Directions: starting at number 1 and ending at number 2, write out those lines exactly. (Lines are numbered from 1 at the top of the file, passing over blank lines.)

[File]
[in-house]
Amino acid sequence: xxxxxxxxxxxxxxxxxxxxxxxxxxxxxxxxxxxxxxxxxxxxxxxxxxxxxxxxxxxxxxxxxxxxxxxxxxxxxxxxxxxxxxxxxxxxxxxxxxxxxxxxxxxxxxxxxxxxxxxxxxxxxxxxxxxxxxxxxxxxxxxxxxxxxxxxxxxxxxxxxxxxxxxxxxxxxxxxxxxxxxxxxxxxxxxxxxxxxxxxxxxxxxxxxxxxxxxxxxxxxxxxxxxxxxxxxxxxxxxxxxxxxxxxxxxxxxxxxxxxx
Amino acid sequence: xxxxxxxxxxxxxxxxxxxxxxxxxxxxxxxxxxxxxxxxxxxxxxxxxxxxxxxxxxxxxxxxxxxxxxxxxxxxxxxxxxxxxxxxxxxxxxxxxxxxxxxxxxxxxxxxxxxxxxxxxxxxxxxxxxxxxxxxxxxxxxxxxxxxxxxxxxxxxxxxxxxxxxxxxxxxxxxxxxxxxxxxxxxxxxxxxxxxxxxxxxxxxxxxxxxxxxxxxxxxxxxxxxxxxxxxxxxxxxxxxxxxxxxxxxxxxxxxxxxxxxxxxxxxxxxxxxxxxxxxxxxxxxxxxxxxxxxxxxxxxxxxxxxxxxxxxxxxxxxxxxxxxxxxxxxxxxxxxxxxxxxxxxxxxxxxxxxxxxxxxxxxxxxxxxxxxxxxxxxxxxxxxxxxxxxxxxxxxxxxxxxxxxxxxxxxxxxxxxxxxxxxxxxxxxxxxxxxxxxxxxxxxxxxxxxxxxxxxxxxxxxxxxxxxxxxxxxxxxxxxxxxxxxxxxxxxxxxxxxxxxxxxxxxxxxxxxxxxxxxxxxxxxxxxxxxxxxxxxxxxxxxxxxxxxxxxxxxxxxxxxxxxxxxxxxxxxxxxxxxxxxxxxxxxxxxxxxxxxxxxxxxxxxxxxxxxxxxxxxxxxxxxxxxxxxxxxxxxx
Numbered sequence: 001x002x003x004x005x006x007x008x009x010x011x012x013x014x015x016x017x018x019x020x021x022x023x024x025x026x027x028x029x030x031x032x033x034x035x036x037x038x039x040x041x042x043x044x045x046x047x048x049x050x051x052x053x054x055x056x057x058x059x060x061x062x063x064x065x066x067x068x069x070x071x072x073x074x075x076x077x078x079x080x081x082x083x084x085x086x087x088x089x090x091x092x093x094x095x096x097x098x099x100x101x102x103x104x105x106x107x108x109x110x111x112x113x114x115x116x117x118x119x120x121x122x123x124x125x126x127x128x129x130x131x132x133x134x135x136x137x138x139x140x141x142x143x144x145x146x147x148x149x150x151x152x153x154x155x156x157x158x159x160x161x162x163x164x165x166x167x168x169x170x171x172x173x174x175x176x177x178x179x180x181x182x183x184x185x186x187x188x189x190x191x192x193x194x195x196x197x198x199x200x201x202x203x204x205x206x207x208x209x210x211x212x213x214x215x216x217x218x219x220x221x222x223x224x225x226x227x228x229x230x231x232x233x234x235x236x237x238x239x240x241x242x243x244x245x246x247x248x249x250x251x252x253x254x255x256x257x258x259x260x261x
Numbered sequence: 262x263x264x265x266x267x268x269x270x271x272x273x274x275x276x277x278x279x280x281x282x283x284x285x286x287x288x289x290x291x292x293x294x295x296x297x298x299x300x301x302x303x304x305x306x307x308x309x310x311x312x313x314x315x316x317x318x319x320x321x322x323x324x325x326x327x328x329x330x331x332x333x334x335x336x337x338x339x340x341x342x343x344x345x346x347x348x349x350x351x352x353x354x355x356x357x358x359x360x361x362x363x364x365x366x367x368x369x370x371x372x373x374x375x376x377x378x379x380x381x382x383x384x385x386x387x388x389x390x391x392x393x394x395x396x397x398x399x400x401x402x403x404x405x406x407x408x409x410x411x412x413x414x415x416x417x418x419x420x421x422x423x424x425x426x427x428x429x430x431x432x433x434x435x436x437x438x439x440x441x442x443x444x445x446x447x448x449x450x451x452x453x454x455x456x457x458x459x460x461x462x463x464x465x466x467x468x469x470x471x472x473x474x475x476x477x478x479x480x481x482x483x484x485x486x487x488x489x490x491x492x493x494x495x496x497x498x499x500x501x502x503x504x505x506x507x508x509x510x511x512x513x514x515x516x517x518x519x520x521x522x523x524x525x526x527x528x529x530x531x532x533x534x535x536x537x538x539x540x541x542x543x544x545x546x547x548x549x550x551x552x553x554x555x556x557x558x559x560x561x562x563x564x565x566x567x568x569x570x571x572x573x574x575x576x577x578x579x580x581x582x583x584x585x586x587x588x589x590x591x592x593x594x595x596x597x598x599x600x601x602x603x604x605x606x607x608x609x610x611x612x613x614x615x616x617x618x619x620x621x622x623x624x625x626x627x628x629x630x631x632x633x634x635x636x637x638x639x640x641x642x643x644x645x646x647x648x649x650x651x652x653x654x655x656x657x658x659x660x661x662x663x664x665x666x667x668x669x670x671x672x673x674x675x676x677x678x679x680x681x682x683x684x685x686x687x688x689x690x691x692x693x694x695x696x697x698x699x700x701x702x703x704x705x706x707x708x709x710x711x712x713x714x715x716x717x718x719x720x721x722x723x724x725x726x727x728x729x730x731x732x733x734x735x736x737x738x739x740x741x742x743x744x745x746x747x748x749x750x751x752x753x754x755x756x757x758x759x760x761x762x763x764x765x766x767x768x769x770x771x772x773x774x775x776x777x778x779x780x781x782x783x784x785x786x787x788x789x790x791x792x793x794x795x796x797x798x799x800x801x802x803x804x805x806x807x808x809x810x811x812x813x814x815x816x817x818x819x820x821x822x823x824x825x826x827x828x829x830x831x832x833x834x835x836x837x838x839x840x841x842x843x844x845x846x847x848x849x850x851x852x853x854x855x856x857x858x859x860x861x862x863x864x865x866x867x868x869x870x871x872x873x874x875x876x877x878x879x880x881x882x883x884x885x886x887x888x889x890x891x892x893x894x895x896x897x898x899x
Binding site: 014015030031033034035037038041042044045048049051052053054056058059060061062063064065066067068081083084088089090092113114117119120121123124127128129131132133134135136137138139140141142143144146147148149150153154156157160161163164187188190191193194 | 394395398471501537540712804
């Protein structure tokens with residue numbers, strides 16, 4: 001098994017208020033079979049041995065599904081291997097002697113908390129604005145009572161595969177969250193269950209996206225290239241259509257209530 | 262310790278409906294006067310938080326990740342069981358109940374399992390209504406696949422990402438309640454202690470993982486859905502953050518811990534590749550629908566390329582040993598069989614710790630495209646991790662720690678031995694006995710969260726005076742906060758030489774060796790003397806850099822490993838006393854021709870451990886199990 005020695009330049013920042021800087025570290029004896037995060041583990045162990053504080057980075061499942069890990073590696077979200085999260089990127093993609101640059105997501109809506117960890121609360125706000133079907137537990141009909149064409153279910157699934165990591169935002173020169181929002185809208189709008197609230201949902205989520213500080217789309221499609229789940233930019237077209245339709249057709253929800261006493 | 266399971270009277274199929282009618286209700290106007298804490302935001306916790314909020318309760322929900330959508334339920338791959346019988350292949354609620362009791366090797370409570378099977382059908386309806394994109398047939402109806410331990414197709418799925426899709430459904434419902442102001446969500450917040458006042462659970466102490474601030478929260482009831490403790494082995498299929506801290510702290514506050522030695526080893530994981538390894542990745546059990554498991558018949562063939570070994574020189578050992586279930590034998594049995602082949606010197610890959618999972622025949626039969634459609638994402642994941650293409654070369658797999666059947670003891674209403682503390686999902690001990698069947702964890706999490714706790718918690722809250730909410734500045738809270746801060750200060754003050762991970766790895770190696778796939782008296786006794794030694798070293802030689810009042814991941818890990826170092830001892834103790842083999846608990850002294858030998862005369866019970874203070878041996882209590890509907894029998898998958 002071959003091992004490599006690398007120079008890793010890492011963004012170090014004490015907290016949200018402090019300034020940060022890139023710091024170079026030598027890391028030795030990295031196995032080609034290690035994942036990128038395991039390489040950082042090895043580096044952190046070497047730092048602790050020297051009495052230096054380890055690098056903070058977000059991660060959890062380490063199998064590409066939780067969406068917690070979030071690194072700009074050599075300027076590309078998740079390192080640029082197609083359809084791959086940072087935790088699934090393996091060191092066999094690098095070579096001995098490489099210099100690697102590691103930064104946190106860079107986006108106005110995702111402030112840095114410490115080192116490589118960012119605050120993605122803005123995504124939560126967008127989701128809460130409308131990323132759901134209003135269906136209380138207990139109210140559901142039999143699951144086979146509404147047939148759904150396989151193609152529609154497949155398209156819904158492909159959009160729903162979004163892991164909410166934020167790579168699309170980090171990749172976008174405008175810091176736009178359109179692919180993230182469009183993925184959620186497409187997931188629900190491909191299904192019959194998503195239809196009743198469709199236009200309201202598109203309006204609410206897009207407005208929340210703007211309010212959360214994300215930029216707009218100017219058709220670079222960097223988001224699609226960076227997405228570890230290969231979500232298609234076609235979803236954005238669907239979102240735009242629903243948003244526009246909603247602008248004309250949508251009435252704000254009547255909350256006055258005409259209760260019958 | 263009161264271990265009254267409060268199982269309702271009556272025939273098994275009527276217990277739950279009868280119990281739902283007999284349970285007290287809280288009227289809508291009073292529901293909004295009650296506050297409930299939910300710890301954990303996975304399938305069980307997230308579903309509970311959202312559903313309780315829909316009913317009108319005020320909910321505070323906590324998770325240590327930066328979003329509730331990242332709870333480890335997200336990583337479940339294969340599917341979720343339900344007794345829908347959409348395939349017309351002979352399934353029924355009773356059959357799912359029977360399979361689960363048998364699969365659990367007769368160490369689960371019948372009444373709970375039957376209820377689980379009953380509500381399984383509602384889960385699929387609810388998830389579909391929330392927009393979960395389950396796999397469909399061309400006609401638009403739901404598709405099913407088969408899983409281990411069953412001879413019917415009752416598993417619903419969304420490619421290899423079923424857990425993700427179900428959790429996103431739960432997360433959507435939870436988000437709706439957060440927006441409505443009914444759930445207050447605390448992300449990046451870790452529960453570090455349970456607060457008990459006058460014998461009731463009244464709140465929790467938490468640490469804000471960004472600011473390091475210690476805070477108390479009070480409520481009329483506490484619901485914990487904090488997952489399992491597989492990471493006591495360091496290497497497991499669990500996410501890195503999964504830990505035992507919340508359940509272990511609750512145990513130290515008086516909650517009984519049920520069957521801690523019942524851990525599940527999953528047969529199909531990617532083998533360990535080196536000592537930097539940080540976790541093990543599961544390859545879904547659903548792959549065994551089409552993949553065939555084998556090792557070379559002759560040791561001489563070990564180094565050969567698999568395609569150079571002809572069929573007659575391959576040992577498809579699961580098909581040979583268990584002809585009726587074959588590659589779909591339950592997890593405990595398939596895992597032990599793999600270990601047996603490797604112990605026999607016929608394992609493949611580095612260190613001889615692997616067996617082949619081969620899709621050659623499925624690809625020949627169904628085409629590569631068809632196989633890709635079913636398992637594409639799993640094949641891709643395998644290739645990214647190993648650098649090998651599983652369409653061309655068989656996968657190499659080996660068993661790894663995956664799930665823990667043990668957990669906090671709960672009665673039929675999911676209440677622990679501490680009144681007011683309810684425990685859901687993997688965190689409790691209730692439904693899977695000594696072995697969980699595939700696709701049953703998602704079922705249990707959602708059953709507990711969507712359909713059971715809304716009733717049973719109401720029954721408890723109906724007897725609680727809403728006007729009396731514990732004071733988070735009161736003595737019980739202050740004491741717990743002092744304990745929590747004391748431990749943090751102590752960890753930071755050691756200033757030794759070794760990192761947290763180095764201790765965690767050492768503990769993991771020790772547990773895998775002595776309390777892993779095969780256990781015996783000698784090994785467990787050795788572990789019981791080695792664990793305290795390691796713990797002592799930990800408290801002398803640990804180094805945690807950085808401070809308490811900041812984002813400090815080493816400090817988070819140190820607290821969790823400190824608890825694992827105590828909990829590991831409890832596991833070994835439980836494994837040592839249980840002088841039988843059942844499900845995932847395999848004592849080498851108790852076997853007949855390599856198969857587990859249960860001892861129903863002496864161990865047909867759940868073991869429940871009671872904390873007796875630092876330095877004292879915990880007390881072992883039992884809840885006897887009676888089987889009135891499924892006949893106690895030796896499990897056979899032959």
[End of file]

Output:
[in-house]
Amino acid sequence: xxxxxxxxxxxxxxxxxxxxxxxxxxxxxxxxxxxxxxxxxxxxxxxxxxxxxxxxxxxxxxxxxxxxxxxxxxxxxxxxxxxxxxxxxxxxxxxxxxxxxxxxxxxxxxxxxxxxxxxxxxxxxxxxxxxxxxxxxxxxxxxxxxxxxxxxxxxxxxxxxxxxxxxxxxxxxxxxxxxxxxxxxxxxxxxxxxxxxxxxxxxxxxxxxxxxxxxxxxxxxxxxxxxxxxxxxxxxxxxxxxxxxxxxxxxxxxxxxxxxx